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16. Rabbi Dr. Rachel Sabath Beit-Halachmi: Critique and Rebuke

Rabbi Dr. Rachel Sabath Beit-Halachmi: Critique and Rebuke

How far should we go to change someone’s opinion? Rabbi Dr. Rachel Sabath Beit-Halachmi takes a look at Jewish tradition and draws a line. Rabbi Dr. Rachel Sabath Beit-Halachmi serves the Hebrew Union College-Jewish Institute of Religion as the National Director of Recruitment and Admissions and President's Scholar. Prior to this appointment, Rabbi Sabath served as Vice President of the Shalom Hartman Institute and for over a decade as a member of the Institute's faculty, and directed the Hartman Lay leadership, Rabbinic leadership, and Christian leadership programs. Ordained at the HUC-JIR twenty years ago, Rabbi Sabath also earned a Ph.D. in philosophy from the Jewish Theological Seminary. For several years Rabbi Sabath wrote a monthly column in the Jerusalem Post and has co-authored two books and published numerous articles. Rabbi Sabath also teaches and mentors students of HUC-JIR and speaks throughout North America on leadership, Israel, gender, and theology. She is currently writing a book on the future of covenant for Jewish Peoplehood.

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17. Dr. Vivian Mann: Medieval to Modern Perspectives in Jewish Art

Dr. Vivian Mann: Medieval to Modern Perspectives in Jewish Art

Join Dr. Mann for a wide-ranging discussion on the influence of Jewish craftsmen in the Medieval period to how Jewish art engages with contemporary art. Professor Vivian Mann is Professor Emerita of Jewish Art and Visual Culture at The Jewish Theological Seminary. For many years Dr. Mann was Morris and Eva Feld Chair of Judaica at The Jewish Museum, where she created numerous exhibitions and their catalogs, among them Gardens and Ghettos: The Art of Jewish Life in Italy; Convivencia: Jews, Christians, and Muslims in Medieval Spain; and, most recently, Morocco: Jews and Art in a Muslim Land. In 2010, Prof. Mann curated the exhibition Uneasy Communion: Jews, Christians and Altarpieces in Medieval Spain at the Museum of Biblical Art (MOBIA).

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18. Rabbi Zoë Klein: The Jewels of Judaism

Rabbi Zoë Klein: The Jewels of Judaism

The Jewels of Judaism: How do we uncover the richness of Jewish spirituality? Rabbi Zoë Klein is the Senior Rabbi of Temple Isaiah in Los Angeles, CA and has served the congregation since 2000. She is the author of the novel Drawing in the Dust, which was published by Simon and Schuster in 2009, of which Publishers Weekly wrote, “Insight into the world of biblical excavation in Israel raises Rabbi Klein's debut novel from a Jewish Da Vinci Code to an emotionally rich story of personal and historical discovery."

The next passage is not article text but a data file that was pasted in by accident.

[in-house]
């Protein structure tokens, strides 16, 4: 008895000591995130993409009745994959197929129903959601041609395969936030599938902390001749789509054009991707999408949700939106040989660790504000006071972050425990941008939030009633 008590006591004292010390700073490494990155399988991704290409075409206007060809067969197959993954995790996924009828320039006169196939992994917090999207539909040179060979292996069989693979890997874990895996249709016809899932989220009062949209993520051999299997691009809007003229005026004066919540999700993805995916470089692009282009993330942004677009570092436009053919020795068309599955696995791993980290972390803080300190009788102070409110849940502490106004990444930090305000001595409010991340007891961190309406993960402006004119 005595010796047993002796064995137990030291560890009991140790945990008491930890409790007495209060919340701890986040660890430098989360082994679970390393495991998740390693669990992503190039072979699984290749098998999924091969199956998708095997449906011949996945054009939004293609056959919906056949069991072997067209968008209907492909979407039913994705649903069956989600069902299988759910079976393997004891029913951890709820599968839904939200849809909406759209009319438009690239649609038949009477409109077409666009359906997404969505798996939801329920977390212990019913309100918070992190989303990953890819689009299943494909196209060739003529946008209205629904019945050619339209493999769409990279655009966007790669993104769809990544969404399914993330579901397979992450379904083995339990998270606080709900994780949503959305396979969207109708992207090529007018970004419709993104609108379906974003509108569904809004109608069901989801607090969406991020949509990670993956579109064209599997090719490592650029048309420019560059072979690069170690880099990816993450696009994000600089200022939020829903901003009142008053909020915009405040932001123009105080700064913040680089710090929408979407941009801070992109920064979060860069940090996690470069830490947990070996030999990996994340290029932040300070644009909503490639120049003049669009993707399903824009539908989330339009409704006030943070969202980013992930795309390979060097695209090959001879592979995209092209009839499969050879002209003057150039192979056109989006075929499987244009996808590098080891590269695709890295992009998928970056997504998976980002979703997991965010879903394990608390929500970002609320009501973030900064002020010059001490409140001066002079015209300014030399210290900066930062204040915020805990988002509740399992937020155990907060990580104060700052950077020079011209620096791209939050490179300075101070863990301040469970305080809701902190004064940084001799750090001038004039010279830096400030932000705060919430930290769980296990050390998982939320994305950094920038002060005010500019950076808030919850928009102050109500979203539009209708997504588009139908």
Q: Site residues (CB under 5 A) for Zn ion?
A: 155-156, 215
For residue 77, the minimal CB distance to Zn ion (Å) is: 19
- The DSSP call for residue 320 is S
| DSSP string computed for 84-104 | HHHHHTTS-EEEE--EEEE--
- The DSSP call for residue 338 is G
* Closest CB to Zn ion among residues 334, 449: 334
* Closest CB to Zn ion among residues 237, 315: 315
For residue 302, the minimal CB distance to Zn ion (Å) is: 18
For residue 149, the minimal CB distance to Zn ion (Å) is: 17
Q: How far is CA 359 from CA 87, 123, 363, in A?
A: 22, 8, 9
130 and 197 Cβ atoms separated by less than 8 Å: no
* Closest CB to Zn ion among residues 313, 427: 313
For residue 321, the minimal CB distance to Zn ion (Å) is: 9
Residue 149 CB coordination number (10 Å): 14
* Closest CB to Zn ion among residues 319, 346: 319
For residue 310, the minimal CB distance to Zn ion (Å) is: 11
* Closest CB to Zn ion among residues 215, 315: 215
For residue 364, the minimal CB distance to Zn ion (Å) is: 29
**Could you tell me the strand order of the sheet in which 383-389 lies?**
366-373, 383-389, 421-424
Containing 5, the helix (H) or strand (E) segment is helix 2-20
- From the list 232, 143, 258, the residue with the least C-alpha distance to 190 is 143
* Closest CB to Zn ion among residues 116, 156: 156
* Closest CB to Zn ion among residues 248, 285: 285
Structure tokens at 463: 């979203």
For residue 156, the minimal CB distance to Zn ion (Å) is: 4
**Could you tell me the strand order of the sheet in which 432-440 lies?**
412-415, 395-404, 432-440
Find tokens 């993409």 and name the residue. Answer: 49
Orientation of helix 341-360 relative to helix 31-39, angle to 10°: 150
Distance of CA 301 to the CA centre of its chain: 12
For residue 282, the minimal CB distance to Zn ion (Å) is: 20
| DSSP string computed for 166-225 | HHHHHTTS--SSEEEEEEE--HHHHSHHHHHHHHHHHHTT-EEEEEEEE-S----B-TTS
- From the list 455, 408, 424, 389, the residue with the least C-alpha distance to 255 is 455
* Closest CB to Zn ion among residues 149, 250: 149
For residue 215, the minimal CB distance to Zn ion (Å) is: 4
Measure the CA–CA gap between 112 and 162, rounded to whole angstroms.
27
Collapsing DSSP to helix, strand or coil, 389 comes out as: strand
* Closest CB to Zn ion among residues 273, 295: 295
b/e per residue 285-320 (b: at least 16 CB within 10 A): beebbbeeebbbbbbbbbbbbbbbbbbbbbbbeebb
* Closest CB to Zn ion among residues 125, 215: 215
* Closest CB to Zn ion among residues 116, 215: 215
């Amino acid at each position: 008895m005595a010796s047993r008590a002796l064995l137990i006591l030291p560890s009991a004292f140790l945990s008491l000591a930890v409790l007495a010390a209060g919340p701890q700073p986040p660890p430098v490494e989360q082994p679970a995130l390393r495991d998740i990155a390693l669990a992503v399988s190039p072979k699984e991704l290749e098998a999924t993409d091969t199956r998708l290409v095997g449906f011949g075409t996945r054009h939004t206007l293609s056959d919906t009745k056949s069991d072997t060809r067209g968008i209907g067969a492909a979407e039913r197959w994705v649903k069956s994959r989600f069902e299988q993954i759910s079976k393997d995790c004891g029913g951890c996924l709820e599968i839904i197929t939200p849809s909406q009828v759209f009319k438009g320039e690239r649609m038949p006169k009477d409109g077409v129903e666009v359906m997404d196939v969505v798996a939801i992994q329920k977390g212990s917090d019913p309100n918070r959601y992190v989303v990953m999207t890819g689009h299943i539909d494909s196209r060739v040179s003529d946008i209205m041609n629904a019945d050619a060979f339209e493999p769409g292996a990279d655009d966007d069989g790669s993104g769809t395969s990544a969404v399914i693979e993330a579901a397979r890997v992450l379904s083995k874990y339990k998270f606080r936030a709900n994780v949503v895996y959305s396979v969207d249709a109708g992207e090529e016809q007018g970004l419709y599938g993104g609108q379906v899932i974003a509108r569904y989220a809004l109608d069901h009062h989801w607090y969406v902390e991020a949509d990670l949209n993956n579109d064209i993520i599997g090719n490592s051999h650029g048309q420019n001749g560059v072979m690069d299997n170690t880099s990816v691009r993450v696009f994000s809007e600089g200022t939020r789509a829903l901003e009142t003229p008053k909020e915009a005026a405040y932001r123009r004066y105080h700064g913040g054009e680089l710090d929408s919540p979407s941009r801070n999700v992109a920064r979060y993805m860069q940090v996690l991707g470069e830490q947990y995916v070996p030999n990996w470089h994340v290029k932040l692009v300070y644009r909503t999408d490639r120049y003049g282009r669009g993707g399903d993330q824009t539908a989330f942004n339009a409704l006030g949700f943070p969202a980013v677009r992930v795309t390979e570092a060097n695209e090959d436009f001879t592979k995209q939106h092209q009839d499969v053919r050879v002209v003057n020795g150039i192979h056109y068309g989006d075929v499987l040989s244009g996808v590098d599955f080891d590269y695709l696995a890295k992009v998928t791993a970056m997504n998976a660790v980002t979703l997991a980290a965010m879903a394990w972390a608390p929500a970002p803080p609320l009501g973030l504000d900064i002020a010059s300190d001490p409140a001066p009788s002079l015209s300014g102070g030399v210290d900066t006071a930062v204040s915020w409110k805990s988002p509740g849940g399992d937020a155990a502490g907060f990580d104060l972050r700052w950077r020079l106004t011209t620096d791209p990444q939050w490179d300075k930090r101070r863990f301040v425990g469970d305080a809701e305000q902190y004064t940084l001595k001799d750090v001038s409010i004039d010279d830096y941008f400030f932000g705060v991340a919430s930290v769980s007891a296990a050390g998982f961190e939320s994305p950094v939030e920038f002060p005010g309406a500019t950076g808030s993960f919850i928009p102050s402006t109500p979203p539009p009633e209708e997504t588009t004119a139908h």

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19. Dr. Amir Hussain: Muslims and the Making of America

Dr. Amir Hussain: Muslims and the Making of America

America, Islam and American Muslims have been, and continue to be, important threads in the fabric of American life. In this podcast, Dr. Hussain examines how Muslims have shaped and transformed American identity. Dr. Amir Hussain is Professor of Theological Studies at Loyola Marymount University in Los Angeles, where he teaches courses on world religions. His own particular speciality is the study of Islam, focusing on contemporary Muslim societies in North America. His academic degrees (BSc, MA, PhD) are all from the University of Toronto where he received a number of awards, including the university’s highest award for alumni service. In Fall 2016, he is on a fellowship to the Institute for Advanced Catholic Studies at the University of Southern California. From 2011 to 2015, Amir was the editor of the Journal of the American Academy of Religion, the premier scholarly journal for the study of religion.

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20. Dan Nichols: This is Why I Sing

Dan Nichols: This is Why I Sing

Join Dan Nichols in a musical interview exploring his creative process and Jewish music today. Dan Nichols is a product of the URJ Jewish camping movement. He has toured Jewish summer camps across North America for the last 15 years. A classically trained singer, Dan received his Bachelor of Music degree in vocal performance at the University of North Carolina. In 1995, realizing the potential of music to make powerful connections with Jewish youth, Dan established the Jewish rock band Eighteen. Since that time, Dan and Eighteen have released 11 albums. Songs like, L’takein (The Na Na Song), B’tzelem Elohim, Kehillah Kedoshah, Chazak, Hoshia, and Sweet As Honey and have become Jewish communal anthems throughout North America.